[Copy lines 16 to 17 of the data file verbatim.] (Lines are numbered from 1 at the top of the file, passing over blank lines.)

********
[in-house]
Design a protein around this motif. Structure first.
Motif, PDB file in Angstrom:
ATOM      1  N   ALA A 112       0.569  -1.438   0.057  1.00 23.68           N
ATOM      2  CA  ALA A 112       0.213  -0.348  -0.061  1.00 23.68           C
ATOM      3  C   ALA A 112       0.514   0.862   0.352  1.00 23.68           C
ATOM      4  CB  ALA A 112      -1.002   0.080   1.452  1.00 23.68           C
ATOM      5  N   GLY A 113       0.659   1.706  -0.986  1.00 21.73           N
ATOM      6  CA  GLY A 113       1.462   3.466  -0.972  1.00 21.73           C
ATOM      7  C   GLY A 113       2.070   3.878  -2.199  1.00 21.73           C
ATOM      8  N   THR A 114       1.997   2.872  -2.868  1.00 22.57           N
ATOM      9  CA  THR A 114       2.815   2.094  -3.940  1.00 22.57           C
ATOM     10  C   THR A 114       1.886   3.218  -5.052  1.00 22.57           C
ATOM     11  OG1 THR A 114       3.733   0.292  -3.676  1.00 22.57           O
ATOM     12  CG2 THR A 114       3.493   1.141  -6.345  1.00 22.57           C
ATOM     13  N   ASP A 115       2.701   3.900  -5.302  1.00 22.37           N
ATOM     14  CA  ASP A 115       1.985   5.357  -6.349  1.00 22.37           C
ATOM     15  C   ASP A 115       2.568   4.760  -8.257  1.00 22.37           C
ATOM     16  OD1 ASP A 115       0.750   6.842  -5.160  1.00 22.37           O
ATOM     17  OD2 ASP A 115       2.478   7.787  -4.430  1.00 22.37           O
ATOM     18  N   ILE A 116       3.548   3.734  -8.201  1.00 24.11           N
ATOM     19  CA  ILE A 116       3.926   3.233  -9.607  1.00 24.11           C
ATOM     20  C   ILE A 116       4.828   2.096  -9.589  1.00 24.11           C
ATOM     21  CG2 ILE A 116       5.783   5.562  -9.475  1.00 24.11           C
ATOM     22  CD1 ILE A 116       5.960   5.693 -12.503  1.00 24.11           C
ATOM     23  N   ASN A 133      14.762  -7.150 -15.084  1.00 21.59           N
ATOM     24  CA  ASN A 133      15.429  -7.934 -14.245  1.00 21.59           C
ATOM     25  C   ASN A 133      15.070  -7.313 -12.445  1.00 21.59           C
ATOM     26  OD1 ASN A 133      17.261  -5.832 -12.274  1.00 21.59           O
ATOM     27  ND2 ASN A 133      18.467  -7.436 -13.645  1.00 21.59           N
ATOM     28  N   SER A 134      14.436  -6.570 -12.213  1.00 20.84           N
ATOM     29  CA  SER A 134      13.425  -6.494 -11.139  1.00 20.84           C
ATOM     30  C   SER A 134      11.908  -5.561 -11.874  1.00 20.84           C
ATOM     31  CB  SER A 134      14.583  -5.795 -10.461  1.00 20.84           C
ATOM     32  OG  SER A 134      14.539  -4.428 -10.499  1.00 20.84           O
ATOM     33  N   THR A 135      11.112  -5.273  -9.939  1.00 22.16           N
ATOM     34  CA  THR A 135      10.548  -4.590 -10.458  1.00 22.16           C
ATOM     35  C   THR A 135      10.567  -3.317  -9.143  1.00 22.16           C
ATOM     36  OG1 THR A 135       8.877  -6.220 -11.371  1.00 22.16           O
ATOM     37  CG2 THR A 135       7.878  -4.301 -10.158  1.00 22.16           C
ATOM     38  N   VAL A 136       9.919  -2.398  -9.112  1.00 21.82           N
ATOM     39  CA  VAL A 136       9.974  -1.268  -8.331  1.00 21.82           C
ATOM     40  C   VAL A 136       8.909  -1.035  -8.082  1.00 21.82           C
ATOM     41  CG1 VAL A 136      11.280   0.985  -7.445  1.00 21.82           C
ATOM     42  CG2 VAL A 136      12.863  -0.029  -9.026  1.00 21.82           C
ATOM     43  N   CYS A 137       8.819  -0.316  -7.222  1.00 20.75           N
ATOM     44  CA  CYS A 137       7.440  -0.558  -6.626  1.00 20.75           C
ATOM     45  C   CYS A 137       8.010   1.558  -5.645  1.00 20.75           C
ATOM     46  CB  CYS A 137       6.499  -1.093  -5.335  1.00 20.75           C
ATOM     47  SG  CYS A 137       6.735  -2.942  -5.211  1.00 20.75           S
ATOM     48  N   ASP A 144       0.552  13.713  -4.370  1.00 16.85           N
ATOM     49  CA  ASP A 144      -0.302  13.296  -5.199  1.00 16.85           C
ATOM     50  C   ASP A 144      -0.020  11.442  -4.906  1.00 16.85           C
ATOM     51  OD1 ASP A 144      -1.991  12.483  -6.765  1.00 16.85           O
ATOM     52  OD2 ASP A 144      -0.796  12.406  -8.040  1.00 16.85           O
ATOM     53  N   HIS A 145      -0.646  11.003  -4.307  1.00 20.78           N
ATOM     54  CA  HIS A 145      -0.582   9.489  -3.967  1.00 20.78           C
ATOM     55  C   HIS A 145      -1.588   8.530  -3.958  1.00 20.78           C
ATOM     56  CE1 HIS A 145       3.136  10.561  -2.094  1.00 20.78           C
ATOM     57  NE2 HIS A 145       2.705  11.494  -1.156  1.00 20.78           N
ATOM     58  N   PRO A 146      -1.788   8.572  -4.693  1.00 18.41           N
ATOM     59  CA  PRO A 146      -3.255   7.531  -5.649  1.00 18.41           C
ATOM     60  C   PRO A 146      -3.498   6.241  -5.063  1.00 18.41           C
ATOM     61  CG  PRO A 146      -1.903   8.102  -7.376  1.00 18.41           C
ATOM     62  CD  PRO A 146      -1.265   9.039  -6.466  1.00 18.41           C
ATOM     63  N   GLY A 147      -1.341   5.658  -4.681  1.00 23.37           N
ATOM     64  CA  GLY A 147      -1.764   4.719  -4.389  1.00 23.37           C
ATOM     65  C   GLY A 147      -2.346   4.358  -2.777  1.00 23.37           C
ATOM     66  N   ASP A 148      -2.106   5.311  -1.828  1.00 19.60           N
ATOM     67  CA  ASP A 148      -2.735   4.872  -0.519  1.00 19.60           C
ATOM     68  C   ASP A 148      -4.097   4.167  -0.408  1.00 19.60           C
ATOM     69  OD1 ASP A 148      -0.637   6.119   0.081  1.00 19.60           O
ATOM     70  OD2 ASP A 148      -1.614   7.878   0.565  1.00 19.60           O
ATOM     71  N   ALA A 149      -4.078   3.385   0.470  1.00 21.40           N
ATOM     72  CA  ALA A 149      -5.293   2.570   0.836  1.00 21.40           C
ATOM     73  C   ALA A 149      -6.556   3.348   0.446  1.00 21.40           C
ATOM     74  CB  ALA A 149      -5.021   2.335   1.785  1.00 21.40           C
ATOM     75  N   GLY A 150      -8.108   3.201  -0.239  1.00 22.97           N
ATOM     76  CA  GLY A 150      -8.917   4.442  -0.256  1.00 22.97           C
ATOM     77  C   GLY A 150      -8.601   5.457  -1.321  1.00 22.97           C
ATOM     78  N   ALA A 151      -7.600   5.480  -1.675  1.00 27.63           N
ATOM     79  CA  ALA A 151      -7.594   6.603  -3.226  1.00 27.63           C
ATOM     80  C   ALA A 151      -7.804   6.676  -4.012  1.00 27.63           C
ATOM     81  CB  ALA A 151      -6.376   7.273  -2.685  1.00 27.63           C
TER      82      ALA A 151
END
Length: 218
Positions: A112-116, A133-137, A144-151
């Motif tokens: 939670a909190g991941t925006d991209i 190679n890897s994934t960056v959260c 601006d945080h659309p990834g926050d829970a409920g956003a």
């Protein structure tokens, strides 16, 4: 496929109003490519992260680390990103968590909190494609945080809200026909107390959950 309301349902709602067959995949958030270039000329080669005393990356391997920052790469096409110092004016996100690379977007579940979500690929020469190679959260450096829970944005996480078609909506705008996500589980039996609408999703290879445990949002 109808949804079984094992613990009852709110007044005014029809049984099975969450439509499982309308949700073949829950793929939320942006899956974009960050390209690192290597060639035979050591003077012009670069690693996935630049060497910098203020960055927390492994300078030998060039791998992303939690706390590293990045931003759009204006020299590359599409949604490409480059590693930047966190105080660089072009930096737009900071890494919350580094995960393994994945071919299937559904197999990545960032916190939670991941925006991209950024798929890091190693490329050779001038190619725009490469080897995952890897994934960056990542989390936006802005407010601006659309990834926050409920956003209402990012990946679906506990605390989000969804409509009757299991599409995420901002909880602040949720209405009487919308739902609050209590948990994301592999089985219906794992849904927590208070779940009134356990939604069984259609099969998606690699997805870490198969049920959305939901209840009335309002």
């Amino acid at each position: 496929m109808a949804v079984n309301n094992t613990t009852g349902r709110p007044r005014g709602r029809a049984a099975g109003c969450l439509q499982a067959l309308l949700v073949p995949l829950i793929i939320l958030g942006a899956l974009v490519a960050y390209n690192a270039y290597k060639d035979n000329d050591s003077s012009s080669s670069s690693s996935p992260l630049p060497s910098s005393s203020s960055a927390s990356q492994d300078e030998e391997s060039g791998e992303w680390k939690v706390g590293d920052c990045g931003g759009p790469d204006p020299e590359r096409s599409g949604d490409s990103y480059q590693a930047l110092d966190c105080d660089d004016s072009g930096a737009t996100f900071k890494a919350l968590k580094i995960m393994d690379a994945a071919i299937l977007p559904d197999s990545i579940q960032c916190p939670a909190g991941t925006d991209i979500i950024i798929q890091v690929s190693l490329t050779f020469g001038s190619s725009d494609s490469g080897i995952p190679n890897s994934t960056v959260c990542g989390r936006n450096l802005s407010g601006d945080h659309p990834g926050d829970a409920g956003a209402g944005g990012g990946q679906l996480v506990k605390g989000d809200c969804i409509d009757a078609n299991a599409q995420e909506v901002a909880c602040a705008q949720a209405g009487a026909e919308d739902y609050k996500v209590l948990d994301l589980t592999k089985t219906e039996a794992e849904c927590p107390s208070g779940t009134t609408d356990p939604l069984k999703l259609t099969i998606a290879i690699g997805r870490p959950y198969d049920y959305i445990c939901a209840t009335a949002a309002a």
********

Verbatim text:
ATOM     13  N   ASP A 115       2.701   3.900  -5.302  1.00 22.37           N
ATOM     14  CA  ASP A 115       1.985   5.357  -6.349  1.00 22.37           C